Mrs Beck was worn out. In the days following her confrontation with Mr Fox and Mr Bellamy, she was still struggling to digest what she’d learned. Not only the matter of their peculiar detective agency, although that was rare enough. What had surprised her more was that they’d said they were in love. Lust, she could understand. Perverted desires, though unpleasant to think about, made sense to her. But to claim that the affection they felt for one another was love—not brotherly love, not camaraderie, but genuine, romantic love—was poppycock.
She hadn’t told a soul, of course. Better to keep the scandal under wraps, she thought, which was partly why she’d not called the police. The last thing she wanted was for twenty-two Queen Street to become known as a den of sin and iniquity, especially since she would have a room coming free very soon. Which reminded her, she would have to put another advertisement in the paper.
She’d not seen either Mr Fox nor Mr Bellamy since that night. She’d hardly dared leave her flat, in fear of bumping into them. She’d spent the whole next day in perpetual fear of this Florence character returning, as per Mr Bellamy’s invitation. Thankfully, nobody called for them again. She still occasionally heard Mr Bellamy’s and Mr Fox’s distinctive footfalls on the stairs as they came and went, though she no longer heard Mr Bellamy’s singing. In spite of everything, she found herself missing it.
Today, however, was Sunday. The first Sunday since the eviction. And Sunday was the day they always came to pay rent. Mrs Beck had been dreading it all night, and yet, at 8am, the knock didn’t come. By 9, it still hadn’t. Nor by 10. Mrs Beck wound up sat in her sitting room watching her door, urging it to get on and knock whilst also hoping that it wouldn’t.
At noon, the knock came. But after steeling herself for the inevitable, it was not Mr Fox or Mr Bellamy at the door. It was Kitty Hinshaw. With a friend.
‘Good morning, Mrs Beck! I’ve got somebody I’d like you to meet.’ She ushered in the young man, her arm wound in his, and paraded him before Mrs Beck. ‘This is Harry. Harry Jackson.’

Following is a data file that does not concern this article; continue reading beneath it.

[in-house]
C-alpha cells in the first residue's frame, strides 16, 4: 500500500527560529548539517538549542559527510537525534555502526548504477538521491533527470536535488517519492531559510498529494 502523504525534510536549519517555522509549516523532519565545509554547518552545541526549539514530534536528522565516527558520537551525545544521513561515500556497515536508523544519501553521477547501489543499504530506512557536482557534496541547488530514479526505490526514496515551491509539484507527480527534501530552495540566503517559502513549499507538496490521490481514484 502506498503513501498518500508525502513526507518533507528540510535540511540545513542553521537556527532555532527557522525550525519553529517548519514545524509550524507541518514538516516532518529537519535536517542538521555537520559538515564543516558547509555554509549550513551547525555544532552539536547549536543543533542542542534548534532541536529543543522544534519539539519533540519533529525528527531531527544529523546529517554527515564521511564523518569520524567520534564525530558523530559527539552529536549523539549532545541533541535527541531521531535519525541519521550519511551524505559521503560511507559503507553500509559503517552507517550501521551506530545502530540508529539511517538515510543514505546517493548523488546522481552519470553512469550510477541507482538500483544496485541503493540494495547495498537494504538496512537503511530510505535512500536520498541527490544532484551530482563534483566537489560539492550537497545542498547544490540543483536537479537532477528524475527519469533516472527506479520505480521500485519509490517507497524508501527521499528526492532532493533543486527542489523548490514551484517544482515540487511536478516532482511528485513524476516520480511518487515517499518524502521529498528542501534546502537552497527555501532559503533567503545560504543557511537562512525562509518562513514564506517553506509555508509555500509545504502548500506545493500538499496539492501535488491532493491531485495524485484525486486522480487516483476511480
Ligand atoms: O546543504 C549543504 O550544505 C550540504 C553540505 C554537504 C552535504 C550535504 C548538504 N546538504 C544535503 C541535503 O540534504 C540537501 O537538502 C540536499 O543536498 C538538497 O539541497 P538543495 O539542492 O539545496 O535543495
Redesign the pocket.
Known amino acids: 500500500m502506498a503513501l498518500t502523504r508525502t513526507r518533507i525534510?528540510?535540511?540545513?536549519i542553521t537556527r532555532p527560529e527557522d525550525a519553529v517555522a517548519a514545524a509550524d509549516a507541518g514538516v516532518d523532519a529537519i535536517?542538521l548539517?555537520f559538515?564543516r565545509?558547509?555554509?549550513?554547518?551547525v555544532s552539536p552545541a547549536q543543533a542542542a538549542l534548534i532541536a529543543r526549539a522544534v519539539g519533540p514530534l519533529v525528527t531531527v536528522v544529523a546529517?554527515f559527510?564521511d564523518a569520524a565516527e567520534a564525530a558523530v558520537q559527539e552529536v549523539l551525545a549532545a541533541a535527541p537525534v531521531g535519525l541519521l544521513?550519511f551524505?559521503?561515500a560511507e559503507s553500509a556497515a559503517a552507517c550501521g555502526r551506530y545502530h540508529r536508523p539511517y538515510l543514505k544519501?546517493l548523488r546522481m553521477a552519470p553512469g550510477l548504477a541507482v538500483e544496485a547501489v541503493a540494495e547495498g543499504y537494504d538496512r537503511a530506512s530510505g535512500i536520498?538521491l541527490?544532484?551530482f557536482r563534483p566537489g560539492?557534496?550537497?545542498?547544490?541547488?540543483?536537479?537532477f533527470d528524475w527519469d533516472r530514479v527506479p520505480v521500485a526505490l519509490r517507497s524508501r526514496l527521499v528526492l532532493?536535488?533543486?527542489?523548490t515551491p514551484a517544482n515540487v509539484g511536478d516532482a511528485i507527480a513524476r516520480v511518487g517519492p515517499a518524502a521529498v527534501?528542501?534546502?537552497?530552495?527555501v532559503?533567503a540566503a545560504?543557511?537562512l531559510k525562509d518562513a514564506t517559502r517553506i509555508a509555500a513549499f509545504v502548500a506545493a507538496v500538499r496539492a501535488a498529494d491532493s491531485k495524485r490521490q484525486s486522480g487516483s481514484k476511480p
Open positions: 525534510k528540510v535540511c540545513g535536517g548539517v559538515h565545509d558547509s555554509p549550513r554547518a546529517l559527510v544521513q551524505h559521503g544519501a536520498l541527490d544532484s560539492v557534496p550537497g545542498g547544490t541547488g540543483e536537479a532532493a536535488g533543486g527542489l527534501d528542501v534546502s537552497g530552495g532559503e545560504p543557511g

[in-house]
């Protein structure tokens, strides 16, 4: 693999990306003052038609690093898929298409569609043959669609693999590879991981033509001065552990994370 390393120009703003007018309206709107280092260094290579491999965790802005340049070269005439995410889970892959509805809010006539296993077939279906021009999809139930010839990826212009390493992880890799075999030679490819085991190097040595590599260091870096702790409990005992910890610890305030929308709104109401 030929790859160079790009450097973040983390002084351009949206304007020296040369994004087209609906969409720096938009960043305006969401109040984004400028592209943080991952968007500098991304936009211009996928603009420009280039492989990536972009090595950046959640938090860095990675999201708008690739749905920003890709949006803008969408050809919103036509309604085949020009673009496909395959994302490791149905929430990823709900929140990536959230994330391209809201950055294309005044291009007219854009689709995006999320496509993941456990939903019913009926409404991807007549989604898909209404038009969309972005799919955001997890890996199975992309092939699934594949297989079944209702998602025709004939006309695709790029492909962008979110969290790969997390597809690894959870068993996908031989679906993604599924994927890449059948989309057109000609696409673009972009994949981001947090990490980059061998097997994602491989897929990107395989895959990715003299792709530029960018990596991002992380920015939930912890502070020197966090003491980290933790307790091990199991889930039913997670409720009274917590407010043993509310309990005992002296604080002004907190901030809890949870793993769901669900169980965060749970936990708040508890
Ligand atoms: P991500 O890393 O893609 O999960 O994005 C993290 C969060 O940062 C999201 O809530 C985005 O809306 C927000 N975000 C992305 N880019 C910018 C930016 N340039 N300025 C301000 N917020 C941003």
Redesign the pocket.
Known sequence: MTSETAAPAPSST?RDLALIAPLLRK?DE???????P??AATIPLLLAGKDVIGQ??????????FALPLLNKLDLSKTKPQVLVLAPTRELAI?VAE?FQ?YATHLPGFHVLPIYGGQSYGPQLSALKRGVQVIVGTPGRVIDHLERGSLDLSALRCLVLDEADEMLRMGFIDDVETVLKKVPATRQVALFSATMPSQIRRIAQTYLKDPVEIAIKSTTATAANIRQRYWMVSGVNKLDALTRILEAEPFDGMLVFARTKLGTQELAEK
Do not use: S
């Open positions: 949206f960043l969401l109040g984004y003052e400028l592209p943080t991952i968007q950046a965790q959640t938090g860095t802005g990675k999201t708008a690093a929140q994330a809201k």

Mrs Beck cast her eye over Harry. He was a young, handsome man, though a bit straggly and pale. It was clear he’d dressed up for the occasion, in shirt and tie, but there was stubble on his chin and he wore a hat, which he hadn’t thought to take off indoors. Mrs Beck noted with some interest that he was holding a ragged, leather suitcase. He held out his free hand to Mrs Beck. ‘Pleased to meet you, ma’am.’
Mrs Beck didn’t shake it. ‘I know you. You came to view the flat. You asked for credit on the deposit.’
Kitty stared at him. ‘Is that true?’
Harry made a show of looking embarrassed, though Mrs Beck suspected it wasn’t at all genuine. ‘It’s true. There was no hope of me paying it, of course, not with a chauffeur’s wage. But I thought if I could just get in for a day or two, I might have a chance to talk to you, darling.’
‘You tried to bluff your way into that flat just to talk to me?’
Kitty made a noise like an injured kitten. ‘That’s so sweet!’ She swept Harry into her arms and nuzzled his ear.
Mrs Beck was less impressed. ‘So you never had any intention of paying?’
‘Oh, don’t be a spoilsport, Mrs Beck, it’s romantic,’ Kitty cooed. ‘Anyway, I wanted to ask you something. Could I get the spare key to my flat? It’s for Harry. He’s stuck for a place to stay, since his lodging house is being renovated, so I’ve said he could stay with me for a bit.’
Mrs Beck pursed her lips. She wasn’t sure she approved of an unmarried man and woman rooming together, but didn’t think it right to say so. ‘Very well,’ she said, and fetched the key.
‘Perfect. I appreciate it,’ said Kitty, with a sudden politeness that suggested she had picked up on Mrs Beck’s sour mood. She and Harry quickly excused themselves and Mrs Beck overheard them giggling as they scurried upstairs.